How might this happen? If a custodian were to use customer deposits without their authorization to grant loans to other institutions that end up being defaulted on, for example, or by engaging in unauthorized rehypothecation of customer funds. In such a scenario, if the custodian were to be liquidated when market conditions went south, it could create a cascading effect that leaves them insolvent. If insufficient liquidity was left to cover the withdrawal of assets, investors might lose their money.
Such scenarios are possible because, as mentioned above, making use of custodial services requires that you give up your private keys. In essence, this means you are giving up technical ownership of your funds in exchange for a mere legal permission to access them.
Obviously this is risky, and, for many people, relying exclusively on these kinds of systems is antithetical to the whole point of crypto. As the saying goes: 'not your keys, not your crypto.'
Self-custody: In contrast, self-custody offers crypto-holders a 'trustless' solution. Via cryptography, you have the option to maintain full technical ownership over your funds, and you do not have to rely on other people or institutions to be good actors. But self-custody comes with its own risks, as well as headaches.
First of all, for many users, the thought of being solely responsible for keeping up with their private keys is scary. Cryptocurrency lives online, and information about which keys have access to what funds is just data stored on the blockchain. In simple terms, this means that as long as you have your private key and an internet connection, you can always retrieve your funds by restoring it on a compatible digital wallet. Suppose you were storing your crypto on a mobile wallet, and your phone was accidentally destroyed – in that case, all you would need to do to retrieve your funds is obtain a new device that supports a digital wallet and restore your private key on it.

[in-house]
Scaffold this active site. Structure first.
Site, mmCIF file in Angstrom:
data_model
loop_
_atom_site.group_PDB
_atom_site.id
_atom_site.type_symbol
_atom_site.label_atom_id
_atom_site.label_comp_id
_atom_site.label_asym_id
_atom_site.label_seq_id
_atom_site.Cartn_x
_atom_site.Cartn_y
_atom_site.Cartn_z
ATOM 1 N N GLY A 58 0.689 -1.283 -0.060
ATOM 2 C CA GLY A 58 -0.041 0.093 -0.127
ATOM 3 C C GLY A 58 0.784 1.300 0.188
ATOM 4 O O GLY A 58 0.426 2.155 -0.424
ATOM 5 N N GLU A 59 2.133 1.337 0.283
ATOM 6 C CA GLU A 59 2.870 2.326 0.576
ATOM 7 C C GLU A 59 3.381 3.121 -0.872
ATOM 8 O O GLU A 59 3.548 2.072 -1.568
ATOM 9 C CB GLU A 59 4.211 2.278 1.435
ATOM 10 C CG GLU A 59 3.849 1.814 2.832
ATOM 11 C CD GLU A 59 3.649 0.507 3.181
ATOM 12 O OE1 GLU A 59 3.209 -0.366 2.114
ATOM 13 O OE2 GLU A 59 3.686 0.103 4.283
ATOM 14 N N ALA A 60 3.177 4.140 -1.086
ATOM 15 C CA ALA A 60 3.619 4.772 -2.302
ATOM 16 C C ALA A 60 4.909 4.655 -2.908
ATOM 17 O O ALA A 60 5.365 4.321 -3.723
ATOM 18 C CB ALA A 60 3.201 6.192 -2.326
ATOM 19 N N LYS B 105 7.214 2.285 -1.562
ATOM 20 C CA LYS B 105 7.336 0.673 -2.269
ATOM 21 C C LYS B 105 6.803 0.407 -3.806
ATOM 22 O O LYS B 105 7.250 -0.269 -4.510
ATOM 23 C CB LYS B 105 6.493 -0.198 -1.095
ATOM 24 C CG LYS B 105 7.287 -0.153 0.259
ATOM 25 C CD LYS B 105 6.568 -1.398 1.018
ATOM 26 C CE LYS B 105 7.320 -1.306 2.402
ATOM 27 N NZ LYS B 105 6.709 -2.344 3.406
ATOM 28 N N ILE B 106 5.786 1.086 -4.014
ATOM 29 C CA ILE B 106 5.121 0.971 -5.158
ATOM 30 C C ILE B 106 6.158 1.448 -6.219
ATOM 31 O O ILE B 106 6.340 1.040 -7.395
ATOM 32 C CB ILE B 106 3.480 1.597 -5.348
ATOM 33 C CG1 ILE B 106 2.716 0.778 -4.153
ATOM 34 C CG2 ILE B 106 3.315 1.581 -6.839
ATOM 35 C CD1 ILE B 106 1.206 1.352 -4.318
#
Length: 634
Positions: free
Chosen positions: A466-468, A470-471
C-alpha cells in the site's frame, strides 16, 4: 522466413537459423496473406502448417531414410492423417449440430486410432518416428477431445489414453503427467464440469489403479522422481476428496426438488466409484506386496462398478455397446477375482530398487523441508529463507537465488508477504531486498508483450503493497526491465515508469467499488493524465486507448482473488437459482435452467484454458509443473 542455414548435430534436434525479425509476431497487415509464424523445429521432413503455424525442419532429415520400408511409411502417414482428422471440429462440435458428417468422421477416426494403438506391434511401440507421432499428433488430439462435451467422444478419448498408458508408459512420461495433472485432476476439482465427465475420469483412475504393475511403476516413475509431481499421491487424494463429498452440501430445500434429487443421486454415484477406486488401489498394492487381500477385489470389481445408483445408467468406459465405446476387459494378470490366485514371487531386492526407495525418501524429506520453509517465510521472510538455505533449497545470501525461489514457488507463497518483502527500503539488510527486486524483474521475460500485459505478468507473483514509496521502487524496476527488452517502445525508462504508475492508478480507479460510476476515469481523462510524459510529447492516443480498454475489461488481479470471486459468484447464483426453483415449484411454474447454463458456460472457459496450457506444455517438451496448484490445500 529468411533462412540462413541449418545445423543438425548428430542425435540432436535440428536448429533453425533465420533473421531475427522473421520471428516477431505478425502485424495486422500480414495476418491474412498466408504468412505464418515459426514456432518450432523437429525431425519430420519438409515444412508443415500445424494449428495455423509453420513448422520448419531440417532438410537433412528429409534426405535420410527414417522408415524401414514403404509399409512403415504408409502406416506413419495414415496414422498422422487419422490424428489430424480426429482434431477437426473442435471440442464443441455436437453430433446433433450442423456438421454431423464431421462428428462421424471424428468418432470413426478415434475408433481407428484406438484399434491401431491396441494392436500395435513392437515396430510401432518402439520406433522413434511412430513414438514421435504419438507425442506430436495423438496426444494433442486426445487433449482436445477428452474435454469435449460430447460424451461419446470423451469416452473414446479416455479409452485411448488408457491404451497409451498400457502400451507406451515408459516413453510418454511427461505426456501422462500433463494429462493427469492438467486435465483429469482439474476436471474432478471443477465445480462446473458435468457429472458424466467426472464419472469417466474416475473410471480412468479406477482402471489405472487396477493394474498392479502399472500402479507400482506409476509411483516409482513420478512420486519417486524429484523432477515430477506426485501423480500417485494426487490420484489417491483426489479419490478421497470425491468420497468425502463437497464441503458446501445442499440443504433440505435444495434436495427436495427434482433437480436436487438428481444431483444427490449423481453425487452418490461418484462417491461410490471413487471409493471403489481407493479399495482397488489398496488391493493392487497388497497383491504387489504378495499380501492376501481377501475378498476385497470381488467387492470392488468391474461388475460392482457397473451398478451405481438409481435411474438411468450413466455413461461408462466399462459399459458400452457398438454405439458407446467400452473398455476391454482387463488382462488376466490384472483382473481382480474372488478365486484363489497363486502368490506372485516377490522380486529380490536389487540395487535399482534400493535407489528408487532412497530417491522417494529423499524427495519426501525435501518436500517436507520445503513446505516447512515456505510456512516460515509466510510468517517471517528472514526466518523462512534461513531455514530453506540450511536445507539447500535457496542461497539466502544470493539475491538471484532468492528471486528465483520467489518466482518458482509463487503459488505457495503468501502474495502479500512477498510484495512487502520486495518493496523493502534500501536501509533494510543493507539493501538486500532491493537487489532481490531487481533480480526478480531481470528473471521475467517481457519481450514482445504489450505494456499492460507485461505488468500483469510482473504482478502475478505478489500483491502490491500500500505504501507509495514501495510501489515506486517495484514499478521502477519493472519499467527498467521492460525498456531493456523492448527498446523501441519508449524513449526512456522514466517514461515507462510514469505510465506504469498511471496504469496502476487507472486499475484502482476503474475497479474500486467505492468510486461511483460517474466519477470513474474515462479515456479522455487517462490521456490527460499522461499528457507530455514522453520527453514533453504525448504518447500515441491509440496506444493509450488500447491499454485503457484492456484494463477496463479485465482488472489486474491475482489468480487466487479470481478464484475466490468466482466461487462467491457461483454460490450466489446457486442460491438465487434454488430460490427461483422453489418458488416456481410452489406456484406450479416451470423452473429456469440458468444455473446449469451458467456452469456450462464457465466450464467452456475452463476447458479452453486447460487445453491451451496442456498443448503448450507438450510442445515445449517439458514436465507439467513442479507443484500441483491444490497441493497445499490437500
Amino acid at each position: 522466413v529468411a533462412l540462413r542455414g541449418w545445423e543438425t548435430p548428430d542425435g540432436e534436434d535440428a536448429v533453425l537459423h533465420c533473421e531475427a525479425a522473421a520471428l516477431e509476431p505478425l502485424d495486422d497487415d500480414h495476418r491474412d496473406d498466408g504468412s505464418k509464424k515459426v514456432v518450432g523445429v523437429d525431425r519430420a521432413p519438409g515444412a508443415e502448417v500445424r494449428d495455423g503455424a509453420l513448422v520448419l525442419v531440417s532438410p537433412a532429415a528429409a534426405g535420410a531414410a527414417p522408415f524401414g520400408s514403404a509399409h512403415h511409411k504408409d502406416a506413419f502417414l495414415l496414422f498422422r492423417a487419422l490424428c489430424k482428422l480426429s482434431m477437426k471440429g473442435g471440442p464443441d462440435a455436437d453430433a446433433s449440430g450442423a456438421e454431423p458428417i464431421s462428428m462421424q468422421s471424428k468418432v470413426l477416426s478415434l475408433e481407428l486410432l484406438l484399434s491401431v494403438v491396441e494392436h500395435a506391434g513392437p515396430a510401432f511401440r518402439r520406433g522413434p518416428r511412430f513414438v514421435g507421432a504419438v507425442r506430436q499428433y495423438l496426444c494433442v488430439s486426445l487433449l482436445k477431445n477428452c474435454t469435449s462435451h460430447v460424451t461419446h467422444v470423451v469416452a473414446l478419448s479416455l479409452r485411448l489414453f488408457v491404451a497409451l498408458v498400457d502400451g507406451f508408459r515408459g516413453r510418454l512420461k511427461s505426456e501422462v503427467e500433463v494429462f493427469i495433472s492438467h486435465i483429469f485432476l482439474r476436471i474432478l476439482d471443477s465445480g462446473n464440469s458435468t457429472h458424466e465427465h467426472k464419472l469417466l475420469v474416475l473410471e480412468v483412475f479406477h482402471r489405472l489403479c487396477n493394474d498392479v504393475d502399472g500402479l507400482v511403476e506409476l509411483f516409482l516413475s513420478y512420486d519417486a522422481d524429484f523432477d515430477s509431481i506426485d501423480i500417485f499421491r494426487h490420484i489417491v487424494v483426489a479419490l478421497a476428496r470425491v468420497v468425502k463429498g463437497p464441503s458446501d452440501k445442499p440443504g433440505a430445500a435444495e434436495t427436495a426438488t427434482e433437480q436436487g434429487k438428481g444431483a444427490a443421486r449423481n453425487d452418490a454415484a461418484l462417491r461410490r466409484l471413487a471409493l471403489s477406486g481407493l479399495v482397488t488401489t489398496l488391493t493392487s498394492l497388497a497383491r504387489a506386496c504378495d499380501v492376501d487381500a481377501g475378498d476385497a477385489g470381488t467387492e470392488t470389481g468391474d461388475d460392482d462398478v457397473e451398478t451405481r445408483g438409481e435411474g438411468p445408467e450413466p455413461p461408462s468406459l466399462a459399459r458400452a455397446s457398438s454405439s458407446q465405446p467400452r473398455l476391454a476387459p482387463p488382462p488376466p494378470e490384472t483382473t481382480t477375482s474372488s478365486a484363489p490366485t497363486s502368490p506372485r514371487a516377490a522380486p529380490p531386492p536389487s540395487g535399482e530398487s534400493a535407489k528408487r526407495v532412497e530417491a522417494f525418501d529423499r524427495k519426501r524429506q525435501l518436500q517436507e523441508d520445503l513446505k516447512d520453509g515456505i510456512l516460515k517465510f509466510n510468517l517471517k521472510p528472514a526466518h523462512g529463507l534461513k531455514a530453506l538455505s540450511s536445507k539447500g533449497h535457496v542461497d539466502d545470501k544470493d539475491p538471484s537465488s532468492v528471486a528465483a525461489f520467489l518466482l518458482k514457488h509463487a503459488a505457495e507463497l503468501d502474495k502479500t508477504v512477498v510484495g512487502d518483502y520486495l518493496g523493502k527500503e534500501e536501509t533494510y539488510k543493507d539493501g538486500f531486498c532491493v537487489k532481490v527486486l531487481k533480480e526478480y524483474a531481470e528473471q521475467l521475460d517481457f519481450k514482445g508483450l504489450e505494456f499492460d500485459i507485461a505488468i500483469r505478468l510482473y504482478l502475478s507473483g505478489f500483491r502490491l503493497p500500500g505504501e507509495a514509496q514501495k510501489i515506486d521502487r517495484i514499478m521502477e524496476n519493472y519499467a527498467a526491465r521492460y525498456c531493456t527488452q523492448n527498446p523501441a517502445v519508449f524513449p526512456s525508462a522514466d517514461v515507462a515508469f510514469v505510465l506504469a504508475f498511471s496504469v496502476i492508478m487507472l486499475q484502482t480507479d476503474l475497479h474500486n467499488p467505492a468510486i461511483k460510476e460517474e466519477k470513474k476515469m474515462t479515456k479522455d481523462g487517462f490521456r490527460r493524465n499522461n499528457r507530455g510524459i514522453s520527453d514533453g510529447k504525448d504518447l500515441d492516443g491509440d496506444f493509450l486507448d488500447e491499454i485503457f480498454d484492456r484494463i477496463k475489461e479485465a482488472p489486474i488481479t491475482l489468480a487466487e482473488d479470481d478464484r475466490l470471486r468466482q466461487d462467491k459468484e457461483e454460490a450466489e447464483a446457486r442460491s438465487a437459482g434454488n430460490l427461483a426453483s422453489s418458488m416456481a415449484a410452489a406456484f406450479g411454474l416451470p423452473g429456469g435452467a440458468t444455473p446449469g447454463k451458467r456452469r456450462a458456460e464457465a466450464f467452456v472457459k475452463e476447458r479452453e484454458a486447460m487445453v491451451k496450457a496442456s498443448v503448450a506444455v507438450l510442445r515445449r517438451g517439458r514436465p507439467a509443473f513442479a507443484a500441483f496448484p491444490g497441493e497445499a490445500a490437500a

But if your phone was accidentally destroyed and you happened to misplace your private key, you would be in trouble. Since a private key is the only way to restore your funds, if you lose the only wallet you have access to and fail to retrieve the private key for it, you have no recourse. For some people this is more responsibility, and a greater risk, than they are willing to take on.
Secondly, when it comes to self-custody, there is a certain amount of technical friction around the user experience. There are many crypto wallets out there, both software wallets and hardware wallets, which support different blockchains and work in different ways, so users have to pick from a sea of different choices, figure out which wallets work for which blockchains, which ones are credible, etc. This alone is a significant pain barrier, especially for beginners.
Upon setting up a wallet, users are provided with their cryptographic materials (private key/seed phrase), usually alongside a message to the effect that this information should be stored securely, offline. So not only does the user have to take on the responsibility of storing this information in the first place, but they have to make sure to do it in the right way. It can feel overwhelming.
In addition, the user experience of some wallets, especially hardware wallets, can be challenging for the average user. It is not uncommon to encounter confusing or buggy interfaces, and unlike established device manufacturers, many of the companies that market wallets for crypto don't have well-established customer support.
Finally, with self-custody comes the responsibility of compliance with tax requirements. Given the current lack of clarity around how cryptocurrency is regulated, this can be complicated, especially when it comes to staking.
In summary, custodial services and self-custody both have their tradeoffs, and it is important for crypto holders to understand what these are in order to make an informed decision about which option might suit them best.
In part 2 of this article, we will review some of the self-custody solutions available on the Tezos blockchain.